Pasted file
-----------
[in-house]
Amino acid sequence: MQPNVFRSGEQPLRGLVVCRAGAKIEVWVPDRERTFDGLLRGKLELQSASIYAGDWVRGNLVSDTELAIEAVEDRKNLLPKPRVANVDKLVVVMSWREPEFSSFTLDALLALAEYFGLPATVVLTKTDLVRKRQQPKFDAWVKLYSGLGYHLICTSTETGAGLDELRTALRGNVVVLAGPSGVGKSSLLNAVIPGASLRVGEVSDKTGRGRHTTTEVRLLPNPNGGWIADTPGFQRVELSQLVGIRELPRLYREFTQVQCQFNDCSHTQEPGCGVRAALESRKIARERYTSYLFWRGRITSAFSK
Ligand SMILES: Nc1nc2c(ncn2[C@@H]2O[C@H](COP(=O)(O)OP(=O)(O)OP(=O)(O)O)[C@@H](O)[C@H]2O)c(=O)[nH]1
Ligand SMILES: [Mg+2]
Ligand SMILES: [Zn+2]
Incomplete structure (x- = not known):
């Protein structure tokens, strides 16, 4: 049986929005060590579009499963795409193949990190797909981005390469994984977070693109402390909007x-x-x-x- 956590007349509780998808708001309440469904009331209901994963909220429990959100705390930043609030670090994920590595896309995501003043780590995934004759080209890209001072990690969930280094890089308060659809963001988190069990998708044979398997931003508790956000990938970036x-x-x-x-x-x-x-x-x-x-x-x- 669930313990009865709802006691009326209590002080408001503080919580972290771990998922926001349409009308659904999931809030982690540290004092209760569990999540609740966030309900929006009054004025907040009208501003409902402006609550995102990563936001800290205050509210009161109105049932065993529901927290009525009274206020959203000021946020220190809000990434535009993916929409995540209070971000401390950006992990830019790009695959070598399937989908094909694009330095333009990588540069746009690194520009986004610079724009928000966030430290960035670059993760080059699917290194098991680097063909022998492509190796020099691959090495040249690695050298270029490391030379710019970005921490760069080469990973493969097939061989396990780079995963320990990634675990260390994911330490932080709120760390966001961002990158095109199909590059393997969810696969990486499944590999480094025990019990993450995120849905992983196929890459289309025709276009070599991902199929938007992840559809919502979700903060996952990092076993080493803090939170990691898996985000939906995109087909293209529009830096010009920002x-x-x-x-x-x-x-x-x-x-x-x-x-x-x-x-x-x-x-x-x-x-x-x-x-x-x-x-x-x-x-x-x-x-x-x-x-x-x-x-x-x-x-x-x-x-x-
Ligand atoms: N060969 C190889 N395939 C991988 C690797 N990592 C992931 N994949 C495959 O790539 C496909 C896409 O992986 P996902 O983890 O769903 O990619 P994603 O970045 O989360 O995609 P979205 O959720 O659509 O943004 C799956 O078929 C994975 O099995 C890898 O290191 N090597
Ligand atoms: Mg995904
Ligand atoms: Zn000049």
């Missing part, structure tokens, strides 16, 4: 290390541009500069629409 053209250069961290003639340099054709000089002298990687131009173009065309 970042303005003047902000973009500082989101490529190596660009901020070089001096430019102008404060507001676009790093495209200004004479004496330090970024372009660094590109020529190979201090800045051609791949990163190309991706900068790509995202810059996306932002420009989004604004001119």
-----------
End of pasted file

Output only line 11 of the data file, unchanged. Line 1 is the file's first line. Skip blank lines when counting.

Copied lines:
């Missing part, structure tokens, strides 16, 4: 290390541009500069629409 053209250069961290003639340099054709000089002298990687131009173009065309 970042303005003047902000973009500082989101490529190596660009901020070089001096430019102008404060507001676009790093495209200004004479004496330090970024372009660094590109020529190979201090800045051609791949990163190309991706900068790509995202810059996306932002420009989004604004001119």